In the early years of the professional French theatre, older women's rôles—the nourrice, the entremetteuse, the mère—were normally played by men en travesti. Beginning in the 1630s, according to Pierre Corneille, the nourrice was replaced by the suivante, which was played by an actress. However, the last of the travesti actors, Hubert, did not retire from the stage until 1685. Molière used male performers, including Hubert, through much of his career, but beginning in 1670 he wrote as well for a woman, Mlle La Grange, who can be identified as the first actress to play the emploi of caractères and whose entry into the troupe of the Palais Royal marks the increasing inclusion of older women's rôles in French comedy.
Virginia Scott (email@example.com) is professor emerita of Theater at the University of Massachusetts at Amherst. Her most recent book, Women on the Stage in Early Modern France, 1540-1750 (2010), won the 2011 Barnard Hewitt Award. Her other publications include (with Sara Sturm-Maddox) Performance, Poetry and Politics on the Queen's Day (2007), Molière: A Theatrical Life (2000), and The Commedia dell'Arte in Paris (1990).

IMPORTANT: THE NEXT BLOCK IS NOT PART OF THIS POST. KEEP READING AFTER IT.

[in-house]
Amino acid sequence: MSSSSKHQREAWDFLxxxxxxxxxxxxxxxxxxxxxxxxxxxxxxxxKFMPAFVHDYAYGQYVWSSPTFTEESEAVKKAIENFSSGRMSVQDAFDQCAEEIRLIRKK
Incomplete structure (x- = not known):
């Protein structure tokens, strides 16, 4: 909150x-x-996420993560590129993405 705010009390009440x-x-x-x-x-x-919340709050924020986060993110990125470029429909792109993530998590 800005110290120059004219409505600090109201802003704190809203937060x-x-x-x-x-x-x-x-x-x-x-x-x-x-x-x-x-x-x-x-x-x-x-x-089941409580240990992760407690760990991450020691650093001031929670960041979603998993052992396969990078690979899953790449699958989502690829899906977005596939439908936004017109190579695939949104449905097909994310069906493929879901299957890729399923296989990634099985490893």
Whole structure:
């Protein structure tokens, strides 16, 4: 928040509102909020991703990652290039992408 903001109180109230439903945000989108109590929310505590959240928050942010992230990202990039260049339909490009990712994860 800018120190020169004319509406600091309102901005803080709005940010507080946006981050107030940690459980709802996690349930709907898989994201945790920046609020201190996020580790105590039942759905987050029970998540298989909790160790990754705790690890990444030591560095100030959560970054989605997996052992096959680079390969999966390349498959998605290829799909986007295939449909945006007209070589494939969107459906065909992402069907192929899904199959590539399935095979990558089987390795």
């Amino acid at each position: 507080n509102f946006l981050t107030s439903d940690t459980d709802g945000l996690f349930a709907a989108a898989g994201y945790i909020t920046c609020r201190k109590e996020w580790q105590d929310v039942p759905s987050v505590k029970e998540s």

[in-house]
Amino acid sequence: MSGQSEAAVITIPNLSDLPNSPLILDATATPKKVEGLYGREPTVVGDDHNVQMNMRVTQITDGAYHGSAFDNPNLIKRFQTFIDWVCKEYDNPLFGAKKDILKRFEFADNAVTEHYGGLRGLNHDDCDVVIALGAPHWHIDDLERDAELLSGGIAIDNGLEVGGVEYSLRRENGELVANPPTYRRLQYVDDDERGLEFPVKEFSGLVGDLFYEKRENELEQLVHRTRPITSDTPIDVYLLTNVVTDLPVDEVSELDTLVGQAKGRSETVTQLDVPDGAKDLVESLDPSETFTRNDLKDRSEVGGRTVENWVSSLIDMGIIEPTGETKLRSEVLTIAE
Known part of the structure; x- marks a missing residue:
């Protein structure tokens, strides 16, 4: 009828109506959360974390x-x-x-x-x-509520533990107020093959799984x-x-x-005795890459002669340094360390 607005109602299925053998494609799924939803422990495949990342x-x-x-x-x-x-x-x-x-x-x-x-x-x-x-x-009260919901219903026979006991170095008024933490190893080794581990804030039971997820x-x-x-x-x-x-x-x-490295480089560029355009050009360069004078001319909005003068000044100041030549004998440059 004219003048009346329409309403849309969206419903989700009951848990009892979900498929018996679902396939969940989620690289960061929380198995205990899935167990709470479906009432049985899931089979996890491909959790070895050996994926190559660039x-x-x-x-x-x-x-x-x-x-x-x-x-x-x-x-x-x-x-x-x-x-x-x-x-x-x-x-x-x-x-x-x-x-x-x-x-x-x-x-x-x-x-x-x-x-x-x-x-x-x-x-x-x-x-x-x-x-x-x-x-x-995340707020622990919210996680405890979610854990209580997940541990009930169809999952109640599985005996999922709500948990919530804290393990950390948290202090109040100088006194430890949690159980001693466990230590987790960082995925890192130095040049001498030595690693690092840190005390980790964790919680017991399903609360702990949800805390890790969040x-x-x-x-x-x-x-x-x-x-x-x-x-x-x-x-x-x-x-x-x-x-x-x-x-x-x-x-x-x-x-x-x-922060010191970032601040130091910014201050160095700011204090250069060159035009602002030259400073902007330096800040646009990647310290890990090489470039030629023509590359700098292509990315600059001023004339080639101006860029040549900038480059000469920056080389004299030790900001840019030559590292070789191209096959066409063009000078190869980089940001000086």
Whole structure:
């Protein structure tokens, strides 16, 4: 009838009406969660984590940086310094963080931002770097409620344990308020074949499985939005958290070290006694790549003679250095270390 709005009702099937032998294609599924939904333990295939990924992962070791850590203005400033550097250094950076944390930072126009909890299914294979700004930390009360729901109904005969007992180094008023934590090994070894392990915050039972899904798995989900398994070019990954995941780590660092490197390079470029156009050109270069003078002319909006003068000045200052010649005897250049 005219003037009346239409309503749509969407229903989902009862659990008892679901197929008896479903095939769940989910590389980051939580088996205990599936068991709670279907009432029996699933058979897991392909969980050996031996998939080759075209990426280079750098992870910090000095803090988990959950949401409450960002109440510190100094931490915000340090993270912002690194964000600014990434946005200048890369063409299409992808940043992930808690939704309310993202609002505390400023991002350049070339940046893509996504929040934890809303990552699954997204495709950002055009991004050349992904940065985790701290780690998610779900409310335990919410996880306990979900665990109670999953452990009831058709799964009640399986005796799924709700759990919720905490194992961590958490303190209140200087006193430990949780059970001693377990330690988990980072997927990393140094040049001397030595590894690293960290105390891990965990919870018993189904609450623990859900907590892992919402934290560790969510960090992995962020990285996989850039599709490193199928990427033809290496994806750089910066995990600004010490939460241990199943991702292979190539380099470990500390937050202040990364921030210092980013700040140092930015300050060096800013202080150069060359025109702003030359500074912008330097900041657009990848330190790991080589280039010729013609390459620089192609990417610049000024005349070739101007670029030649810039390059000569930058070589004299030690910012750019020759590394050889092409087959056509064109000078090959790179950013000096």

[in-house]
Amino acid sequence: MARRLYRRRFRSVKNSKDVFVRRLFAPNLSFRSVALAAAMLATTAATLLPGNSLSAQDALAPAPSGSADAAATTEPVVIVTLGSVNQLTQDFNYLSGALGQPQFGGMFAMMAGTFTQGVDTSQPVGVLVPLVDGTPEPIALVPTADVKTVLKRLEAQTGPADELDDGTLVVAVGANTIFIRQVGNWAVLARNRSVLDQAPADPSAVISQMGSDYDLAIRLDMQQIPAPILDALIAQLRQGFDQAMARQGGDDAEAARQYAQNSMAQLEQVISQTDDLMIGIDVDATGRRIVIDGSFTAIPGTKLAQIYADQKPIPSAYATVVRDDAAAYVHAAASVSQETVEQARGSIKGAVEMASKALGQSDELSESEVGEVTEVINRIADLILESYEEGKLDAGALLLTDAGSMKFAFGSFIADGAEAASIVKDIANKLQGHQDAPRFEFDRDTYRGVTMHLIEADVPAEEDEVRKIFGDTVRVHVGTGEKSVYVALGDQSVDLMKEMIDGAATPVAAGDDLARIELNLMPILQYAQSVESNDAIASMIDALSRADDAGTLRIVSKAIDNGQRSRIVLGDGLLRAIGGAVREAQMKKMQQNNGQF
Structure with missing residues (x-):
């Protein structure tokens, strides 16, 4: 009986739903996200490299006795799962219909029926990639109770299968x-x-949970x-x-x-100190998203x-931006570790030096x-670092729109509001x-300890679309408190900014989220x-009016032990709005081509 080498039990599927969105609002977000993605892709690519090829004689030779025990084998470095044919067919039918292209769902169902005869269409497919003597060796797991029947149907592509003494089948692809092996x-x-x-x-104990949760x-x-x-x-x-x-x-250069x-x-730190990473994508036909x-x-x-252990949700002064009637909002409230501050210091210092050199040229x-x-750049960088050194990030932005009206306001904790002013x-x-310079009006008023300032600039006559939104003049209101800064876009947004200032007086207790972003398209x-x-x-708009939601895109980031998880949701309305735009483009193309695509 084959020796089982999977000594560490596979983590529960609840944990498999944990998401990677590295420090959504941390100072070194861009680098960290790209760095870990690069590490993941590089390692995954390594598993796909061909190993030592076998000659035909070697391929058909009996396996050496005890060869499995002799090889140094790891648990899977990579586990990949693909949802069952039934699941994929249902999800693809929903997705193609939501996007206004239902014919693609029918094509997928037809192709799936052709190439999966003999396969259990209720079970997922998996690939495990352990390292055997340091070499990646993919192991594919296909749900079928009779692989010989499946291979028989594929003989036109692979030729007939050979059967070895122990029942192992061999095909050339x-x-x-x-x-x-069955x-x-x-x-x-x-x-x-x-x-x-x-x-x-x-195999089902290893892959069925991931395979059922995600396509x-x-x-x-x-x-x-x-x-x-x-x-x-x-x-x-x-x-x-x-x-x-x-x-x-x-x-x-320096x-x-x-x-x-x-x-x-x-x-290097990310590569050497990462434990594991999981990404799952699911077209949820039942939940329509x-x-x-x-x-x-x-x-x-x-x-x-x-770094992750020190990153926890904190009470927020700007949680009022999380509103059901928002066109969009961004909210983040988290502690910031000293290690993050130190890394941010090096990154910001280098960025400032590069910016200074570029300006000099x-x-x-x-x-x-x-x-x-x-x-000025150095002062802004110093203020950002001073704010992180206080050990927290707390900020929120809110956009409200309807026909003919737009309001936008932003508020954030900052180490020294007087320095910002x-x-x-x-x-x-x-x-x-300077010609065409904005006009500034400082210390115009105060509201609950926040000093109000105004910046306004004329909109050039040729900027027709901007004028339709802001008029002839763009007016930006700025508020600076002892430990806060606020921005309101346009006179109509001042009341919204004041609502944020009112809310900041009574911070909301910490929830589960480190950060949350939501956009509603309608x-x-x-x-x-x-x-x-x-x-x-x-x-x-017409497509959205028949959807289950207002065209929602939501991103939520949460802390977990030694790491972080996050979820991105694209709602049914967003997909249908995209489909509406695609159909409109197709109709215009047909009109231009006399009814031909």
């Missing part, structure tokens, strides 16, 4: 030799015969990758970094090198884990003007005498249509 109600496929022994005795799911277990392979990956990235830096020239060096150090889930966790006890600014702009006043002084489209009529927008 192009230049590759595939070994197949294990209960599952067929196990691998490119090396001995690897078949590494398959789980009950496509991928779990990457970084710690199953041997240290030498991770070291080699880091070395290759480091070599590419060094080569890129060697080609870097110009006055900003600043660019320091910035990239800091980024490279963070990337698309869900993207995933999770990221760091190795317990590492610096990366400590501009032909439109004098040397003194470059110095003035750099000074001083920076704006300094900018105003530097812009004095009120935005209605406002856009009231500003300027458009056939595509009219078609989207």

'Conniving Women and Superannuated Coquettes: Travestis and Caractères in the Early Modern French Theatre'.
15.1 (2012). Article 10.
Available at: http://digitalcommons.mcmaster.ca/earlytheatre/vol15/iss1/10